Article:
A keening song for Capri, fey and singular, from Italian novelist La Capria.
In this decidedly successful effort to convey a sense of Capri in the 1950s, La Capria approaches the island from a variety of angles. One is the island as a place: a beautiful, inaccessible refuge for the ancients, its “beetling and merciless crags” hiding its pleasures from approaching mariners like the meat in a nut; land of the Sirens, of Tiberius’s iniquities, of the Blue Grotto, that immersion into the sum and substance of blueness. All this despite his conviction that “landscape just stands there in simplicity, mute; it doesn’t talk with us, it is what it is, and that is enough.” He also appreciates that the Caprese myth takes plenty of its reference points from literary visitors—Axel Munthe to Norman Douglas (whom he takes to task for berating the fish of the Mediterranean) to Alberto Savinio, who found “a mysterious wind travels, a feathery guest . . . and moves everything in a cool craze.” Most powerful, though, and most disturbing, is La Capria’s intimations of mortality. This can simply be the musings of a visitor to a paradise, but more so it is the fact that Capri is being overrun, violated, desecrated by its visitors (and indeed to the whole region). He cannot ignore the refuse and the commercialization; he will not allow himself the idyll by ignoring the nearby poverty and misery—“What is attractive is infected by the ugliness surrounding it.” Where once he experienced the mysteries of Capri—the island’s breath, its force fields, its lambent stones—he worries that soon it will join that list of “names that belonged to very beautiful places, spectral non-places, devastated ex-places, unnatural pseudo-places.”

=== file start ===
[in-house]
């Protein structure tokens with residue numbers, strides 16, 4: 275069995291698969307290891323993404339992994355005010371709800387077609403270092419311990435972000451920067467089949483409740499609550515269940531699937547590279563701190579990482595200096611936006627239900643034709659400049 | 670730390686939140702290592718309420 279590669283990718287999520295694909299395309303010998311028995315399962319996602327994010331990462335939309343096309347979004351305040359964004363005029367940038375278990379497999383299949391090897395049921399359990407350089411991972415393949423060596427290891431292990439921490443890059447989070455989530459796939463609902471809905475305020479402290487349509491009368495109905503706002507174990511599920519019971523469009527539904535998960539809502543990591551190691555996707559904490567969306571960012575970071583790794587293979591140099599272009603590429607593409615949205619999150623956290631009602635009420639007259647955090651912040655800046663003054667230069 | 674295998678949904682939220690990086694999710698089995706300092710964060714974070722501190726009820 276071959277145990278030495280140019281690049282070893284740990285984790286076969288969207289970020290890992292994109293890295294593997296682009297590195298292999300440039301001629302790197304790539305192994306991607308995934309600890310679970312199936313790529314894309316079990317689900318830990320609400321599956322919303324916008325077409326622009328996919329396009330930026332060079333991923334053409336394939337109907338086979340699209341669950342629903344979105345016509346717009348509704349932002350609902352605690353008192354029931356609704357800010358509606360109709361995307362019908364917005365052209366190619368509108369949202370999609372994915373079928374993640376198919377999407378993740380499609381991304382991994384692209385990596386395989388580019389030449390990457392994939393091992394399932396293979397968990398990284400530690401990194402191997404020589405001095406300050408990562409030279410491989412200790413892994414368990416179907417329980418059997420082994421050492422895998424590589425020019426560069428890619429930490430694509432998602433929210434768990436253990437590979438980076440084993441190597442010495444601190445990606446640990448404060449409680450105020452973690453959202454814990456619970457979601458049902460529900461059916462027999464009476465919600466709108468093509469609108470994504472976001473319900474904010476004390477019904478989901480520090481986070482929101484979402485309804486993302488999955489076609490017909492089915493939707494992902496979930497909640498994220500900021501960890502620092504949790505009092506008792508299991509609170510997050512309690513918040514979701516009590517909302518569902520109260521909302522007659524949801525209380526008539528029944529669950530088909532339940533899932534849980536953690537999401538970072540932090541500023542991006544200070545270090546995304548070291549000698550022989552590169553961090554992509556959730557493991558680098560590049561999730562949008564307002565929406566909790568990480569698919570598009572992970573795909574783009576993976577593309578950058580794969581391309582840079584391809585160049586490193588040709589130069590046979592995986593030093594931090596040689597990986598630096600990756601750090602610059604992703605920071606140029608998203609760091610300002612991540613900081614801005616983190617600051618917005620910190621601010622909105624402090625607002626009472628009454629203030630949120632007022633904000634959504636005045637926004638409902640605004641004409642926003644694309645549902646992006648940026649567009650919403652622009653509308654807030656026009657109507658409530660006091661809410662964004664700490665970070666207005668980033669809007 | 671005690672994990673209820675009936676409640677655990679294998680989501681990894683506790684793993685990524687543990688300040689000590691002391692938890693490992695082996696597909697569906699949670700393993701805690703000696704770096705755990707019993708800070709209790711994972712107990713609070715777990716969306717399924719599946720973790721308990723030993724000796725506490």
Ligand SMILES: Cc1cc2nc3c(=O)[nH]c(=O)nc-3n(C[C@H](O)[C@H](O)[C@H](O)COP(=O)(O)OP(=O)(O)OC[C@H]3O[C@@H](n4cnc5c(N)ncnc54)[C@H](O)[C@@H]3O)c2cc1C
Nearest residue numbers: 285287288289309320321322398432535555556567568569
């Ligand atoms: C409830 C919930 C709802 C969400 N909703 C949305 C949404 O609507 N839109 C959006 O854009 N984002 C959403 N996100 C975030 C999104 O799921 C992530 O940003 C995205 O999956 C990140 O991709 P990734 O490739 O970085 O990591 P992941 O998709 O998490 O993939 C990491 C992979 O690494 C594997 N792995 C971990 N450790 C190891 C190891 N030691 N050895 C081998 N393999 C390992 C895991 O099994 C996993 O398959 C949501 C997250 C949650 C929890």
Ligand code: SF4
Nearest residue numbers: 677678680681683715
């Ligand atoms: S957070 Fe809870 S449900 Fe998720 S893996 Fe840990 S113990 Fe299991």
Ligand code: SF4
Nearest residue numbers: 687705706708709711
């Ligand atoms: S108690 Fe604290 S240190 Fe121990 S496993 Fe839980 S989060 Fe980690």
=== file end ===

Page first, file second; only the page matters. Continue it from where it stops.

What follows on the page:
A luminous island memoir and an underground classic too long for not seeing the light of day, though better late than never.